Maryland Loaded with Federal Defense Dollars

By DANIELLE ULMAN, Capital News Service

WASHINGTON - The Department of Defense spent more than $15 billion in Maryland in fiscal year 2005, ranking it in the top five states nationally, according to census figures released Tuesday.

The amount is consistent with previous expenditures a government official said.

"It tends to be even and predictable because the defense work in Maryland doesn't have the peaks and valleys of other states," said Mike Hayes, managing director of military and federal affairs at Maryland's Department of Business and Economic Development.

The state's Defense funding came about largely through procurement contracts, which totaled $10.8 billion, according to the Consolidated Federal Funds Report for Fiscal Year 2005 released by the census Tuesday. California, Virginia, Texas and Florida were the other top recipients of Defense spending.

Maryland also ranked third in per capita federal spending for 2005. The state's population is about 5.3 million and federal spending was $66.7 billion.

"I think Maryland's always had a strong relationship with the federal government due to our proximity. Some of the country's top research institutions and high-tech military installations are here - Fort Detrick, Aberdeen Proving Ground, (Patuxent River Naval Air Station) and Andrews Air Force Base," said Joseph Shapiro, spokesman for the Maryland Comptroller's Office.

"I mean we run the whole gamut in the area," he said.

NASA's Goddard Space Flight Center in Greenbelt and the Naval Air Warfare Center Aircraft Division at Patuxent River were among the top five contracting offices in Maryland, according to the 2005 federal procurement report. Each contracted for more than $1 billion with the Department of Defense.

Defense spending increased by 10 percent in Maryland from 2004 to 2005, but officials said spending will swell as the state absorbs more people and military contractors from the base realignment process.

At least 17,000 people are expected to move to the state with the addition of more than 15,000 net jobs from the base realignment process, according to the Maryland Department of Business and Economic Development. The state could eventually add more than 40,000 jobs related to the Defense moves.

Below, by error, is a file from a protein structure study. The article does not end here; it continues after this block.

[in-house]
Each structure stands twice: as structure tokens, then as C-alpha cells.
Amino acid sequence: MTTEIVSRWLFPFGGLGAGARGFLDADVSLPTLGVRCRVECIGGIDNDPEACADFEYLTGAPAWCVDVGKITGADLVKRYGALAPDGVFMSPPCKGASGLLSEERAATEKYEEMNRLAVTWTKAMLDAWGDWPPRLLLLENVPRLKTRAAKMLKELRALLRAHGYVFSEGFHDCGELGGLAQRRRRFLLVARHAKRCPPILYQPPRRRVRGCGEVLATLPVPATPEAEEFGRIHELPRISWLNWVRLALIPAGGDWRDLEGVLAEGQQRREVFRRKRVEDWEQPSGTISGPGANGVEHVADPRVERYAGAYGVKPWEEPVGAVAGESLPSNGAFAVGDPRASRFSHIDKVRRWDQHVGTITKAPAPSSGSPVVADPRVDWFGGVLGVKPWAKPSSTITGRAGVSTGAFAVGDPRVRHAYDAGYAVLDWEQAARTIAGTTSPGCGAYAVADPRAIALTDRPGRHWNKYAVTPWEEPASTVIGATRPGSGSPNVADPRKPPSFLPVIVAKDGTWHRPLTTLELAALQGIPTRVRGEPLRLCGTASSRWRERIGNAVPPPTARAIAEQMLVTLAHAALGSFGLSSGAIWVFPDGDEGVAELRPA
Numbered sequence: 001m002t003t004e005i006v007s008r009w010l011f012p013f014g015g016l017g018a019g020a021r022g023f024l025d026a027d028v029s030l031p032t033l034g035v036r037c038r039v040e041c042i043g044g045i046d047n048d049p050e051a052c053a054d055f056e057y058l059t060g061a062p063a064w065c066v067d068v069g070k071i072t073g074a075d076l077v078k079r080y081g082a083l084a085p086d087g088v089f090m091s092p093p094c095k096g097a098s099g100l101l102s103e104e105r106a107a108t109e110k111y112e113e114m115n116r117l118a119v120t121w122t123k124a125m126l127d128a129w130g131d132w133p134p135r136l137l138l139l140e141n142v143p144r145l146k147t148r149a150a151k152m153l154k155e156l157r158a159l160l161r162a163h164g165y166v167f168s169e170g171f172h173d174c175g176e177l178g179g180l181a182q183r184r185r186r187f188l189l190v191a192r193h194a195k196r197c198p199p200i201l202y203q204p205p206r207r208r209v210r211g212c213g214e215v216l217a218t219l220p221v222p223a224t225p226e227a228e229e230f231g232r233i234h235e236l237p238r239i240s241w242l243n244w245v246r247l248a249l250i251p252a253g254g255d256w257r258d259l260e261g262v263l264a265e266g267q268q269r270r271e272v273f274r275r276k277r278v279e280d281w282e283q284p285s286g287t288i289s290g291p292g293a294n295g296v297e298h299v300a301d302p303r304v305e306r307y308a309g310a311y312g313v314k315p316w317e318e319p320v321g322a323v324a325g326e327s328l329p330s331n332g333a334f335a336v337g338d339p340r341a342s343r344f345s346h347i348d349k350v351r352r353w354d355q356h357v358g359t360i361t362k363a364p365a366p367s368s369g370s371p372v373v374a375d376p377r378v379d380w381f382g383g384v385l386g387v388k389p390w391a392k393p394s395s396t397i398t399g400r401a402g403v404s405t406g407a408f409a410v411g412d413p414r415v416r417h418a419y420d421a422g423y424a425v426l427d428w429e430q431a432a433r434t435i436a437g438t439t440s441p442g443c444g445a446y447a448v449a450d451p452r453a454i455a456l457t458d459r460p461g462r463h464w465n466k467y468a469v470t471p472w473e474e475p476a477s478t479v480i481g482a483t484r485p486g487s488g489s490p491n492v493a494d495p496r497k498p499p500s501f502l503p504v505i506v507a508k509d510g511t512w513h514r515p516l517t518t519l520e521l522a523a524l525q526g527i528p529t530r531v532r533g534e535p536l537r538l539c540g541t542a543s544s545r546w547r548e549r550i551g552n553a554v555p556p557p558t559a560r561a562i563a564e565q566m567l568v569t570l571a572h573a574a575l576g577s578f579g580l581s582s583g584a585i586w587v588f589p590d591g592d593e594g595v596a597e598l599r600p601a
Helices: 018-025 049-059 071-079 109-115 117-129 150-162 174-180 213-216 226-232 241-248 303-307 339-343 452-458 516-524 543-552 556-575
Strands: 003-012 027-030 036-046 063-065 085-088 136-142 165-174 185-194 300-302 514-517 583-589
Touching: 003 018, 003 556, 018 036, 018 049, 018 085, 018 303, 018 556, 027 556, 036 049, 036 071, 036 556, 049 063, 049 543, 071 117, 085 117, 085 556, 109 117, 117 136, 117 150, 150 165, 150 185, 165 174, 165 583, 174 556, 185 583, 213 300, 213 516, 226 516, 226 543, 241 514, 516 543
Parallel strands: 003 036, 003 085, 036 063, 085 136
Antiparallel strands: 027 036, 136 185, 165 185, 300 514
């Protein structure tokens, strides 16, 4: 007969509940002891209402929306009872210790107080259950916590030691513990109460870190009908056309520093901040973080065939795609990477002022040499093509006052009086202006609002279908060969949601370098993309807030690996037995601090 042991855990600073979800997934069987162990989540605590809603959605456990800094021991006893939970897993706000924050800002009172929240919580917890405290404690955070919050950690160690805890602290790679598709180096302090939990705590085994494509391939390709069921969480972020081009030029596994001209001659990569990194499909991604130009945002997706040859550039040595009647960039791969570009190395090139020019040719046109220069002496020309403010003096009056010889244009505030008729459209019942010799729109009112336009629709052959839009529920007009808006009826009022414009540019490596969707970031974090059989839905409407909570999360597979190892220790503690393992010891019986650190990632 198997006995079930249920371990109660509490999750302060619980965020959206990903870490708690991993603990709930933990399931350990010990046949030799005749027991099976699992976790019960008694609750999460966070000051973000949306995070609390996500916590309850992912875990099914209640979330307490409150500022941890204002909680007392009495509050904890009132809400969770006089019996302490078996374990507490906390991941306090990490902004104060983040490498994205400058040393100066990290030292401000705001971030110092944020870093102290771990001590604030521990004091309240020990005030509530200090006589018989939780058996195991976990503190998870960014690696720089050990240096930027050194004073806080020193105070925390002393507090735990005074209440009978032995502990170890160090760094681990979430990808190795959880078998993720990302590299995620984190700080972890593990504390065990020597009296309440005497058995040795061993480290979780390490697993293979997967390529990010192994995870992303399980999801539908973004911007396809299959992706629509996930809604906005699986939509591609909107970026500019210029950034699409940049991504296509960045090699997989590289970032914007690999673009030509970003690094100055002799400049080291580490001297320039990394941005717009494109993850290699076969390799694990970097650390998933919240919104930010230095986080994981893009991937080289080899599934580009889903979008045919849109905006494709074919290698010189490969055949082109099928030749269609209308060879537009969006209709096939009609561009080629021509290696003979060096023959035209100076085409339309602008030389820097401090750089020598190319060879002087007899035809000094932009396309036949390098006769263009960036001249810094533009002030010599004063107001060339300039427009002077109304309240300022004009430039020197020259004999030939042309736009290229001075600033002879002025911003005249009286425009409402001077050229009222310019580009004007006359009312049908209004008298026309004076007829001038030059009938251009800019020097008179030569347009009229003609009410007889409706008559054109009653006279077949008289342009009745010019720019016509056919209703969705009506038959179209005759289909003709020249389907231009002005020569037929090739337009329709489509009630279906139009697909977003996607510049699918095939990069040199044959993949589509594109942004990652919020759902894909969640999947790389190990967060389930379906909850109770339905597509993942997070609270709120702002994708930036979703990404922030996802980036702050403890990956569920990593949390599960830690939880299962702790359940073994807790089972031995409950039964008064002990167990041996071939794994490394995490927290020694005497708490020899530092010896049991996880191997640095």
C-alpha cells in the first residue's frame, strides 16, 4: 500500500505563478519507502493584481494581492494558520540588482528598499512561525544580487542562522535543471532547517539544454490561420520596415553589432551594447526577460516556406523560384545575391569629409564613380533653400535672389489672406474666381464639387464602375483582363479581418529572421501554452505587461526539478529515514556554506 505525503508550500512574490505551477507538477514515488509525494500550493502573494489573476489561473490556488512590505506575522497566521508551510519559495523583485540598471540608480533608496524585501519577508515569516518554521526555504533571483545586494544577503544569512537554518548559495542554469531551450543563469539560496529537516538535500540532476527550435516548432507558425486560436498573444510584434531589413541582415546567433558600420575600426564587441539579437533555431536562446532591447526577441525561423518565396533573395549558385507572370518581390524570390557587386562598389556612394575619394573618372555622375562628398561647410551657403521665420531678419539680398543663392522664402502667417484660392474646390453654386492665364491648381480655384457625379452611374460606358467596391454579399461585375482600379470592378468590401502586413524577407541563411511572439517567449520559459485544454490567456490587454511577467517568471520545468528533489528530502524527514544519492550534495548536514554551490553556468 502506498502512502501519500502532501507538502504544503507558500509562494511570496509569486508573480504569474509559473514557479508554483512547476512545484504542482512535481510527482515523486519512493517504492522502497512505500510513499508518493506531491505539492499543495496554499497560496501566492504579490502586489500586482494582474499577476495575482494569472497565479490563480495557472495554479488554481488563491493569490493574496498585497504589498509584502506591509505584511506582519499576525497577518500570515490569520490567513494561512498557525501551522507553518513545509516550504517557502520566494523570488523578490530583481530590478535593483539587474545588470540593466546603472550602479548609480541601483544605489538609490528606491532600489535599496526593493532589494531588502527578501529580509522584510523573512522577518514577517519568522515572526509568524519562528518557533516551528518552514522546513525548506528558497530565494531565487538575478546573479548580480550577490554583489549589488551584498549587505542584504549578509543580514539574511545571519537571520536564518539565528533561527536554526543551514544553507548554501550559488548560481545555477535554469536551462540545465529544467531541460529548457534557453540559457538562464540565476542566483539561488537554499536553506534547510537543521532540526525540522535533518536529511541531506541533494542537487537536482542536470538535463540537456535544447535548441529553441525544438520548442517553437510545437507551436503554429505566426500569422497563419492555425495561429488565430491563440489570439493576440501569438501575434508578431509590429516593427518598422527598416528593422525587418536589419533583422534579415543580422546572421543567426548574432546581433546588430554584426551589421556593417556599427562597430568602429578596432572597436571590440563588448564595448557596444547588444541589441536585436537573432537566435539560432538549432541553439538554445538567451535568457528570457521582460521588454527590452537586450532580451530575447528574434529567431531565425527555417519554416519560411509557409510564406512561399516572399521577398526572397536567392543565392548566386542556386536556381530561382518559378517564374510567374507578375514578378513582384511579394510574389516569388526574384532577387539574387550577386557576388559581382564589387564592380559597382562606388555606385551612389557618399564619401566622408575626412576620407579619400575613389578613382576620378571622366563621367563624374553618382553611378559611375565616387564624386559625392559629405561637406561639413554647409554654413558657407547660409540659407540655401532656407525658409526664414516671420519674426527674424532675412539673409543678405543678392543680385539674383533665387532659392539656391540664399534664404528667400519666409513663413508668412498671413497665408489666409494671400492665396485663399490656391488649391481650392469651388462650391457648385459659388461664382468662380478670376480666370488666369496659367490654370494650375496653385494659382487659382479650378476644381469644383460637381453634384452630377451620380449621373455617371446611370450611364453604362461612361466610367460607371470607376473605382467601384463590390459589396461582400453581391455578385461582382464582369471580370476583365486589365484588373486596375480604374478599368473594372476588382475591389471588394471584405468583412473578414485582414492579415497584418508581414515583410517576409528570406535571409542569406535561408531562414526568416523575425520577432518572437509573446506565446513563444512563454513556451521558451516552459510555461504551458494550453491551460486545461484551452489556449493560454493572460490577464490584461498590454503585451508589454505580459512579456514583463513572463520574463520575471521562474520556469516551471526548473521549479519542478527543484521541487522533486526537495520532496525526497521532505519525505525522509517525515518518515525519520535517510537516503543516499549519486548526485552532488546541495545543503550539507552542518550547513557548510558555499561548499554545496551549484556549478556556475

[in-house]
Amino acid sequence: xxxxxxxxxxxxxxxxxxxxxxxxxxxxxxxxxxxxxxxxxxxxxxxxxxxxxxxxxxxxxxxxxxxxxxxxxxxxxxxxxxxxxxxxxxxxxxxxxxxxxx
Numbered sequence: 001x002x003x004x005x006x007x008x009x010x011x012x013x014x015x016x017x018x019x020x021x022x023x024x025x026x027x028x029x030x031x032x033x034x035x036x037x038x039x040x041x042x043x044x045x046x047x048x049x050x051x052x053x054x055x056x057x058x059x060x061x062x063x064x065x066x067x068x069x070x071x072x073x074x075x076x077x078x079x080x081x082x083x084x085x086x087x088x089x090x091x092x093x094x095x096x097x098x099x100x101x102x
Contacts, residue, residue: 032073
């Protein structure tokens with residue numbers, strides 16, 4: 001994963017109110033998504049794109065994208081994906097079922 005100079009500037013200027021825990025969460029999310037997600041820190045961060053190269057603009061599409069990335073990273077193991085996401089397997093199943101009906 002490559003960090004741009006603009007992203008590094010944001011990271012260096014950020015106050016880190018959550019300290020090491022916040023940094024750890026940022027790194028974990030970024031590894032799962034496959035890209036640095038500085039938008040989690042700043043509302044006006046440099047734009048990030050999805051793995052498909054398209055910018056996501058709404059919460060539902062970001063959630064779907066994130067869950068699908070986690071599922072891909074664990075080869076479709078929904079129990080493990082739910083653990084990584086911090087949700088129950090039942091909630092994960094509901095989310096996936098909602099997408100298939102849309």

"Defense spending in Maryland is going to grow exponentially as we approach 2011," Hayes said.

That's the year the bulk of people coming to the state from the base realignment process are expected, said Anne Arundel County Executive John Leopold.

Anne Arundel County received $2.5 billion in Defense spending in 2005, the second-largest amount in the state next to Montgomery County, where the government spent more than $3 billion in Defense dollars.

"Ten of the largest Defense contractors have headquarters here, Northrop Grumman being one of them," Leopold said.

"We have seen explosive growth with BRAC," he said. "We are now the heartbeat of the nation's security efforts with NSA and Fort Meade."

But Leopold said he worries that the county's infrastructure may crumble under the pressure of added residents.

"I'm not optimistic that we'll be able to meet that time frame," he said, "but I am hopeful that we will meet that explosive growth in a few years."

Another test for the state will be filling the biotechnology industry jobs, Hayes said.

"Filling the high-tech jobs is a challenge equal to the infrastructure challenges," he said.

"I'm driving to New Jersey right now trying to convince people that Maryland is a great place to live and to work and to play."

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